In the heart of the Kalahari Desert live a small, strong people with slanted eyes, wide noses and caramel skin. Their slender bodies are adapted to moving through this arid yellow land. Women gather nuts, fruits and roots, knowing what each plant has to offer: food, medicine, dye, building material. The men hunt, mostly antelope, with poison arrows in multiple day pursuits: stocking the animal until they are close enough to shoot, then running after it as it flees, arrow lodged in its body, for days until finally the poison sets in, slows the animal and it can be sacrificed.
Doha is a dusty city, monotonous and tan. Our taxi driver tells us that the downtown, across the bay has all been built in the last two years. After sleeping in the lobby for an hour we get into our hotel room and sleep for another half hour before our desert tour picks us up.
Off southeastern Bali lie the small islands of Nusa Lembongan and Nusa Ceningan and their much larger neighbor Nusa Penida whose landmass is bigger than the bukit peninsula off southern Bali. We are staying in the town of Jungutbatu on the western side of Nusa Lembongan in a villa right on the water and directly in front of two beautiful waves: Shipwrecks and Lacerations.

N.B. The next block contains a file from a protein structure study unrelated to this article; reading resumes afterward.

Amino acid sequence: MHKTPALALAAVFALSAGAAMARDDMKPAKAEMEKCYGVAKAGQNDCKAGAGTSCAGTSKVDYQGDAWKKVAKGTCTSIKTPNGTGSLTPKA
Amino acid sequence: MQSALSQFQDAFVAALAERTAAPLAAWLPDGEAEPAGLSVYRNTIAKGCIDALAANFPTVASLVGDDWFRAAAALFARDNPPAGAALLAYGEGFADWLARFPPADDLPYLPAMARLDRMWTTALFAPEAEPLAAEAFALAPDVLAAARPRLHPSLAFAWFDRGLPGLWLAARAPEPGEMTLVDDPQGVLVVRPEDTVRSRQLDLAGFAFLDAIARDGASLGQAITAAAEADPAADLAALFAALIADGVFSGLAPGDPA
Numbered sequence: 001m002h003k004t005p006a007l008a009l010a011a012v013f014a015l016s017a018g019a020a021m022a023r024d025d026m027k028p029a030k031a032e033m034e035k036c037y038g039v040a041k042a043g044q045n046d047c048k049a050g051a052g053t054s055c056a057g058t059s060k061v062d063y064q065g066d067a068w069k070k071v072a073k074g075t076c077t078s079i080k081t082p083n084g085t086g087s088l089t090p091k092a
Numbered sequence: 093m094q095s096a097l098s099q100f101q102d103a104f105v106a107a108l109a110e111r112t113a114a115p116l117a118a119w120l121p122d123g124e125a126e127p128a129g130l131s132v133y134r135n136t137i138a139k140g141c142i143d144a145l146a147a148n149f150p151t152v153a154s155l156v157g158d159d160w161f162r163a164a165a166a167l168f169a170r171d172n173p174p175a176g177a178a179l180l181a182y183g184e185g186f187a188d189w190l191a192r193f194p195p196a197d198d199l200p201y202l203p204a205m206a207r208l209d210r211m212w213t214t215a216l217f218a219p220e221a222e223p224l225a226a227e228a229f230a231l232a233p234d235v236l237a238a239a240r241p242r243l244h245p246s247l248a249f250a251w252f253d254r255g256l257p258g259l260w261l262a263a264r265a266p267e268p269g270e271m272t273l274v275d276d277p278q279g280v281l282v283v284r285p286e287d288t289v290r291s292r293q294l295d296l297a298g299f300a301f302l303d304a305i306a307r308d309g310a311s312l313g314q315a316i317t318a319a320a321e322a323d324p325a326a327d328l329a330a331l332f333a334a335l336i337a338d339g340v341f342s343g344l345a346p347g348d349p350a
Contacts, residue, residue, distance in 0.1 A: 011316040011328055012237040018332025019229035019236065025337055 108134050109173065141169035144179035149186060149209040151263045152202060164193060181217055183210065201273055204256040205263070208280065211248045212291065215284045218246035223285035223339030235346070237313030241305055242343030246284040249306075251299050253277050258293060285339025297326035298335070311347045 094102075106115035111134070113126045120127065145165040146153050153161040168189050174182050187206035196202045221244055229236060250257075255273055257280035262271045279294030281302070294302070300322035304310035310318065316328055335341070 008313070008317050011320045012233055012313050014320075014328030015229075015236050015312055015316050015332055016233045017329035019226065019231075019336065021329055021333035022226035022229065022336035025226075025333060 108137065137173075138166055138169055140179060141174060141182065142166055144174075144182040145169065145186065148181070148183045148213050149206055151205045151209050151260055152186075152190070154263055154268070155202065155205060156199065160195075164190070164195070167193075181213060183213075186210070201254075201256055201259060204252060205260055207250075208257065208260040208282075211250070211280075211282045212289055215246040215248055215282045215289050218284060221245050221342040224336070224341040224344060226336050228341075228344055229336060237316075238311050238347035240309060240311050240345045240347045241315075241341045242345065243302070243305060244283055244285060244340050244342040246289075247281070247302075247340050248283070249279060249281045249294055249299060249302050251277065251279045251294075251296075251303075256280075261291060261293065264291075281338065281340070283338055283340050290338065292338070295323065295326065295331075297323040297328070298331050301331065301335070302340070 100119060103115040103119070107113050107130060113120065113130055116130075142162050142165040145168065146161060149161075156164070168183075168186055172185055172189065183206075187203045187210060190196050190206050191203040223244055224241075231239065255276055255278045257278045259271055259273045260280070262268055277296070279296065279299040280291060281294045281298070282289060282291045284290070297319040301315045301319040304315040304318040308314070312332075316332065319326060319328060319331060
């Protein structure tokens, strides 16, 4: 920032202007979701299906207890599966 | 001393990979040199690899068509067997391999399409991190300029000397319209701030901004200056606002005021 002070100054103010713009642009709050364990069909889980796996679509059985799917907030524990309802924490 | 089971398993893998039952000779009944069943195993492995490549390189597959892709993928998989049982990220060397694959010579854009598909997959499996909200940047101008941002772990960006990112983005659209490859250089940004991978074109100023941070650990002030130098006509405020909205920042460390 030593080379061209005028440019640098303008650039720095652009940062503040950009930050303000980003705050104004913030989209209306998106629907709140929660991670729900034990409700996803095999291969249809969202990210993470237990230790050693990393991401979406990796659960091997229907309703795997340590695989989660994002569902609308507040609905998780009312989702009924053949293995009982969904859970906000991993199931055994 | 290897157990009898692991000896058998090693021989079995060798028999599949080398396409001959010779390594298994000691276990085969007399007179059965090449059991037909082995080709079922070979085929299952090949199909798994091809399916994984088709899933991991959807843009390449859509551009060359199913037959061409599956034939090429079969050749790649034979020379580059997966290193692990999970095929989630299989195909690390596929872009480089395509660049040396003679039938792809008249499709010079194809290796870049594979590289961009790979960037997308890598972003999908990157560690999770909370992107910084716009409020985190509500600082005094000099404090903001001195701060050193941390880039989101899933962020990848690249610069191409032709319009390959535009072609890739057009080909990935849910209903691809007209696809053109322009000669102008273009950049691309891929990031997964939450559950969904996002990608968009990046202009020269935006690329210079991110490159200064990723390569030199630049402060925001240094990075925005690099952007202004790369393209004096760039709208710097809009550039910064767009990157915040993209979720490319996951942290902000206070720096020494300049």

Most of the local people are sea weed farmers. Roughly three inch thick branches are sharpened on one side by hand and stuck into the sand in the shallows inside the barrier reef. Two parallel lines of these branches are set out with rope hanging in between for the seaweed to grow on. These dark rectangular plots make a patch work in all the inland waters and shallow protected coastal areas. The locals go out at low tide to harvest the sea weed, plant more and maintain the plots. They push motorless boats along with long poles, gather sea weed in vast baskets and in the bottom of their slender boats. When the tide gets exceedingly low the area inside the outer reef looks more like an agricultural field than a beach.